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Bill Gates seems to have entered into the meat question. In his view it is simply not possible to feed 9 billion people on a high meat diet and the way forward is therefore the development of artificial meat and eggs.
The Norwegian pension fund GPFG, the largest in the world and worth US$710 billion, has pulled out of 23 palm oil companies in Indonesia and Malaysia which it judged to unsustainable. GPFG’s investments in the palm oil industry are now reduced by more than 40 per cent.
FCRN member David Freudberg, host of the National Public Radio series “Humankind,” has written a blog for The Huffington Post arguing that diet is rarely discussed as a way to mitigate climate change. He notes that the recommendations being made by climate scientists on how to lessen our carbon footprint are also the same as those being made by health experts – diets higher in fruits, vegetables, and grains, and lower in meat.
Russian authorities are considering a proposal put forward by the National Union of Consumers’ Rights Protection, which would tax high-fat products, as well as the use of antibiotics in meat production. The tax rate proposed is 10-20% for meat and dairy products with high cholesterol content. Russian authorities have reacted favourably to the proposed initiative, but there is fear that immediate adoption of the initiative could push meat prices to unpredictable levels, driving some manufacturers out of business.
Euractiv.com has posted an article detailing how some EU national governments and lawmakers are pushing to weaken green farming proposals in the next Common Agricultural Policy (CAP). With the economic crisis still lingering, there is more focus on boosting farm production to create jobs, and to address concerns about tighter food supplies and higher prices driven by worldwide droughts.
Continuing with this theme, EurActiv.com posted an article, “EU’s food imports pose ‘tricky balance’ for hungry Africans,” which discusses the difficulty of creating economic development and food security throughout Africa. A drought that hit East Africa in 2011 exposed this difficulty as European markets had plentiful supplies of African agricultural exports. In fact, the EU imports 40% of Sub-Saharan Africa’s agricultural exports.
There’s an interesting article in The Guardian about Sam Dryden, head of agriculture at the Gates Foundation.
A new 'Farm Platform' has been launched at Rothamsted Research North Wyke in Devon, aims to help farmers to optimise productivity in ways that are sustainable, whilst at the same time understanding the impact of farming methods on the environment.
The New Agriculturalist’s May 2012 issue focuses on ‘climate sustainable agriculture’ and features a number of smallholder projects focusing variously on soil carbon, rainwater harvesting, conservation agriculture and so forth.
Mexico is the second country in the world to have to have instituted legally binding targets on GHG emission reductions. The law mandates a reduction in CO2 emissions by 30% below business-as-usual levels by 2020, and by 50% below 2000 levels by 2050 (note that this is a relative target – the UK’s target is an absolute one)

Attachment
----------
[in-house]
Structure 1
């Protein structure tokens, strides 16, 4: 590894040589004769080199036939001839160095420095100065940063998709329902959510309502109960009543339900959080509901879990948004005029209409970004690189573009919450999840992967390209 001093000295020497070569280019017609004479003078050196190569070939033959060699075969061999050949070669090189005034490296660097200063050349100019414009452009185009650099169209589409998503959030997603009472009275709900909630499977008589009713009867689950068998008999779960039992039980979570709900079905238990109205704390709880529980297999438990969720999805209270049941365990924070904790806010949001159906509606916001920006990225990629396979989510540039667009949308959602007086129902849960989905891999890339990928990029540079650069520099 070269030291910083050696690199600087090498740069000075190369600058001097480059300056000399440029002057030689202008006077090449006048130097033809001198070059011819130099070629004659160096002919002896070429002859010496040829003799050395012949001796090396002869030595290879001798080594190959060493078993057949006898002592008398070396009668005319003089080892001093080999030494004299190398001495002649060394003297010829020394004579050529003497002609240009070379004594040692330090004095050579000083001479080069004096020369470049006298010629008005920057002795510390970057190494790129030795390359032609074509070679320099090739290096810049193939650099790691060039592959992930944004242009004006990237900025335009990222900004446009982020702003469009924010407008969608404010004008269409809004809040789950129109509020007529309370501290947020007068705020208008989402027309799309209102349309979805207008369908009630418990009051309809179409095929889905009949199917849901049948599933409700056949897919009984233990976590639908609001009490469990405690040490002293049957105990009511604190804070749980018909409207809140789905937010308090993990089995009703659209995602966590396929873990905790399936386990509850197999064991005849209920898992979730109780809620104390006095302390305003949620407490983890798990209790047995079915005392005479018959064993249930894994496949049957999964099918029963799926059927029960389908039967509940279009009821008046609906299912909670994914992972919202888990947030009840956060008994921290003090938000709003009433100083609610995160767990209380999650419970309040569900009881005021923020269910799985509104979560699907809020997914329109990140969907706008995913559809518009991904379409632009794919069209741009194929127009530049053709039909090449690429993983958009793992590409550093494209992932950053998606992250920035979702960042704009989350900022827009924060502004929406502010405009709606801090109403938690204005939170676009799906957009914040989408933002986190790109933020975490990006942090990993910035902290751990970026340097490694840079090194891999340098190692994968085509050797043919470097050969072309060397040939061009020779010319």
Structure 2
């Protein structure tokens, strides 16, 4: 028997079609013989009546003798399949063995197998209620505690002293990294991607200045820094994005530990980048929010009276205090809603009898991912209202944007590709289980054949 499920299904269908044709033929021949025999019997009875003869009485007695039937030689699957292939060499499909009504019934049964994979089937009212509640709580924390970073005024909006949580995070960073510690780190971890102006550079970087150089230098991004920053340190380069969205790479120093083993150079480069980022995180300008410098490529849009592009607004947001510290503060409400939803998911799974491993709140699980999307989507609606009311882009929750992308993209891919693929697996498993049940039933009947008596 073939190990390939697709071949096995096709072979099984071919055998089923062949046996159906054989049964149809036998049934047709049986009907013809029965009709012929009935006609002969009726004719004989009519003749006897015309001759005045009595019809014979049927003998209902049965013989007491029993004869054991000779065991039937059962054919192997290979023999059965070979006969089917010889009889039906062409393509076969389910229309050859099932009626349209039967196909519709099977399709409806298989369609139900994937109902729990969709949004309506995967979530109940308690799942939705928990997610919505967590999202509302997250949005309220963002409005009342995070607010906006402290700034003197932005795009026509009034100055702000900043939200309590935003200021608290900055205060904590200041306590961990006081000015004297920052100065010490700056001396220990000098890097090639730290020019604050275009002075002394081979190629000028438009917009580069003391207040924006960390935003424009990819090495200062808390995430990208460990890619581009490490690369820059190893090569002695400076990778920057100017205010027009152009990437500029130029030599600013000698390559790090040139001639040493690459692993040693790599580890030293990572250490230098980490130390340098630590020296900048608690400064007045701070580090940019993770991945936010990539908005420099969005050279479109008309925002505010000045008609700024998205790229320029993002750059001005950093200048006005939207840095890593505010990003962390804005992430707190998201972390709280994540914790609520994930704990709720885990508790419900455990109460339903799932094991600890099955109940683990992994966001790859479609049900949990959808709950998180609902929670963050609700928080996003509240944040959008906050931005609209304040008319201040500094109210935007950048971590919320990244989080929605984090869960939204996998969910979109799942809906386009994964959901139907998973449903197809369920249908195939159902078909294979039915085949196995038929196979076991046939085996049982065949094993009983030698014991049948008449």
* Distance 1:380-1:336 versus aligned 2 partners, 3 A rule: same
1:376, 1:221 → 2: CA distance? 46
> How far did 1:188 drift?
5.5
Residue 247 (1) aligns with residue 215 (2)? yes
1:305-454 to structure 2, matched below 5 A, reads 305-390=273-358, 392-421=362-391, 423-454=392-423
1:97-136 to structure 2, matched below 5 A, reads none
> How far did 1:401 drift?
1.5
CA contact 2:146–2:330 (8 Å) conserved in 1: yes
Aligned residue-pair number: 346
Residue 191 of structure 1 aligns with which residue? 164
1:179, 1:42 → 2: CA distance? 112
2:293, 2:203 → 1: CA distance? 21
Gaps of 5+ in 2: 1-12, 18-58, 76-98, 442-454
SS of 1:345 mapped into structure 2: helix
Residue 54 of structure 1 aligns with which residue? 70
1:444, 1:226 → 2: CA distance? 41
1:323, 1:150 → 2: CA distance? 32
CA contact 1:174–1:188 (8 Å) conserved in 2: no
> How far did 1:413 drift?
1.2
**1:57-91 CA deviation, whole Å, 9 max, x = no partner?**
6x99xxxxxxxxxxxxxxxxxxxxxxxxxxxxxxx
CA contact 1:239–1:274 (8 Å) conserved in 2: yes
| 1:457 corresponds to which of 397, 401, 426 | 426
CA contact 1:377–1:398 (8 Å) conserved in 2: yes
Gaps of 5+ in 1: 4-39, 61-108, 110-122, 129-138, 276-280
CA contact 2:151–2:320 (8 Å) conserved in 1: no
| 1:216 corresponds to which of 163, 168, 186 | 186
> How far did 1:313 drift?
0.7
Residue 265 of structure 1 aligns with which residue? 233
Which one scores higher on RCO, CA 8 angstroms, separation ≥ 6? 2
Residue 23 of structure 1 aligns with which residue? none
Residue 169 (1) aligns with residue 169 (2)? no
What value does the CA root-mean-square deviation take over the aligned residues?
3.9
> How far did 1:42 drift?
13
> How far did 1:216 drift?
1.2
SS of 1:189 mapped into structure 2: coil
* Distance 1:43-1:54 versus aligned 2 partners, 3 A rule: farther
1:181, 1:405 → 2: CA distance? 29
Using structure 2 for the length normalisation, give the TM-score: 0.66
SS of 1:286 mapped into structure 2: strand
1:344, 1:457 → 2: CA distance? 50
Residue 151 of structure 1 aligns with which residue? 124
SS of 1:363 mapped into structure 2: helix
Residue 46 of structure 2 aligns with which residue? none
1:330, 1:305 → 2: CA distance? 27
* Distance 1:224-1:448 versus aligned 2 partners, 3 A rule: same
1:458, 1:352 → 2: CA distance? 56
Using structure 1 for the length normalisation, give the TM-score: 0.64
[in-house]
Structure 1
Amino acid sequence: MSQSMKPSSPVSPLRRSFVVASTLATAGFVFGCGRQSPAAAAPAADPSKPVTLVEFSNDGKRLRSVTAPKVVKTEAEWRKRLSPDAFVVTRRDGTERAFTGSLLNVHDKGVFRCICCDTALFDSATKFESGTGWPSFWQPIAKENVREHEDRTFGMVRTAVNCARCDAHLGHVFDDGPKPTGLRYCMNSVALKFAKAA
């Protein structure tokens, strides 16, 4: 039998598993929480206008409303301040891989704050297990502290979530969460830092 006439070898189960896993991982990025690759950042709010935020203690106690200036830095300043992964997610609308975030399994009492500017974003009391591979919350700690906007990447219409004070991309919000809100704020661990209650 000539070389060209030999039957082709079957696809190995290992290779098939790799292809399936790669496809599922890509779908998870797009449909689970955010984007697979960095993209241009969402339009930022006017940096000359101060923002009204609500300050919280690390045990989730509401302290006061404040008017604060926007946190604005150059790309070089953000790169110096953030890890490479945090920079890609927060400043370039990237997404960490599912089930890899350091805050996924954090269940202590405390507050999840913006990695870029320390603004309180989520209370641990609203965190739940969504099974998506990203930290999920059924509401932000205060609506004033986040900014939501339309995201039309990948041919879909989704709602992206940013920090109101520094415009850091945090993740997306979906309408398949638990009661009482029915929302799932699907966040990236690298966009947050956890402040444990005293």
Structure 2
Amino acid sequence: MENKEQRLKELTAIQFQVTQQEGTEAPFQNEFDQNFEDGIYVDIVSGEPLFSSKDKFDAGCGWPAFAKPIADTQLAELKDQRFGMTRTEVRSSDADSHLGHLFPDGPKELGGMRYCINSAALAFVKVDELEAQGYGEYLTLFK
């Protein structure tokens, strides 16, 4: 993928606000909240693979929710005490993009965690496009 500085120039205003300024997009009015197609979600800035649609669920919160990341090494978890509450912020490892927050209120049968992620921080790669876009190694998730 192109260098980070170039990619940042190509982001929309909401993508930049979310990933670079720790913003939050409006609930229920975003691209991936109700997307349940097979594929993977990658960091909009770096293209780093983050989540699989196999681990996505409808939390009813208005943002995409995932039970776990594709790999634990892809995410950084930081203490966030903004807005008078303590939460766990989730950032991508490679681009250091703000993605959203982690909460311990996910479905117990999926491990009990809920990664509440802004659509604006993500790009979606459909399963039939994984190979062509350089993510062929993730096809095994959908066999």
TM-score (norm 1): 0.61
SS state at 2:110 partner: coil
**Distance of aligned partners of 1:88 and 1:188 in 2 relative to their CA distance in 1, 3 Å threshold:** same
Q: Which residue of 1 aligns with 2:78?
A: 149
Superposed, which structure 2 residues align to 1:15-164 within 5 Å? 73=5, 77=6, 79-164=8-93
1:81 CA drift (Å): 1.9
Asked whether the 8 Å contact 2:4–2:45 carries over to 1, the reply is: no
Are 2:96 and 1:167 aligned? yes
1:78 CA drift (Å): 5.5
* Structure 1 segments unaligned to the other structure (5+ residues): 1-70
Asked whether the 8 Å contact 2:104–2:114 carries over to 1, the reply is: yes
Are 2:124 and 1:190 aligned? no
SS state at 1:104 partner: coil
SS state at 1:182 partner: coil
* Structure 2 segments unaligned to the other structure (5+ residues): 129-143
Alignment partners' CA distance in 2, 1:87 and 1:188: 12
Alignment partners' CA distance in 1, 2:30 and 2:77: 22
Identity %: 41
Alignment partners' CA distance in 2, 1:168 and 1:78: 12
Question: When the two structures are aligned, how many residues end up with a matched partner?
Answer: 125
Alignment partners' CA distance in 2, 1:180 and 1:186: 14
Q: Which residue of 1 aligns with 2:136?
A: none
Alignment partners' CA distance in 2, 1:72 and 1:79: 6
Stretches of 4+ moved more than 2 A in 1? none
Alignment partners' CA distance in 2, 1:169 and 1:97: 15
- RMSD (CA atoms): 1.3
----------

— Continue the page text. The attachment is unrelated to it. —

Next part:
This article in the Vancouver Sun looks at the work being done in Canada to promote local sourcing of foods in schools and hospitals - interesting to note parallel activities in different countries.
Aljazeera video series earthrise takes an upbeat look at ecological, scientific, technological and design projects all around the world, from a farm in Australia growing low impact crops using sea water and solar power, to an ingenious project that has dramatically cut rhino poaching on a South African game reserve.
This article in Science Daily is based on materials prepared by the French Institut de Recherche pour le Développement (IRD) It argues that Brazil’s reliance on agricultural exports to drive economic growth is environmentally unsustainable and highlights the link between deforestation for cattle grazing, soy production on cleared land which pushes cattle further into the forest, and the sale of high-value timber. The article states that government controls introduced from the year 2000 have scaled down deforestation from around 20,000 to 6,000 km² per year, but the threat of an increase in world demand is always just over the horizon, with implications for further deforestation.
The British Retail Consortium has published its annual environmental progress report.
France’s Constitutional Council has approved a tax on sugary drinks. The tax, which works out to one euro cent per can of drink, is expected to bring in 120 million euros ($156 million) in state revenues.
An article in Foodnavigator suggests that smart barcodes will replace eco labels, as they have the potential to provide shoppers with a far greater amount of information than a pack label can.
This is an interesting article about a farmer’s attempt to improve the sustainability of the farm by basing production on a dual purpose dairy/beef breed, based on grass-feeding, high welfare and zero waste.
For analysis and commentary on the outcome from Durban, you may want to have a look at the following links – we're copying many of them from Carbon Brief’s always useful and interesting daily e-newsletter: see here for more http://www.carbonbrief.org/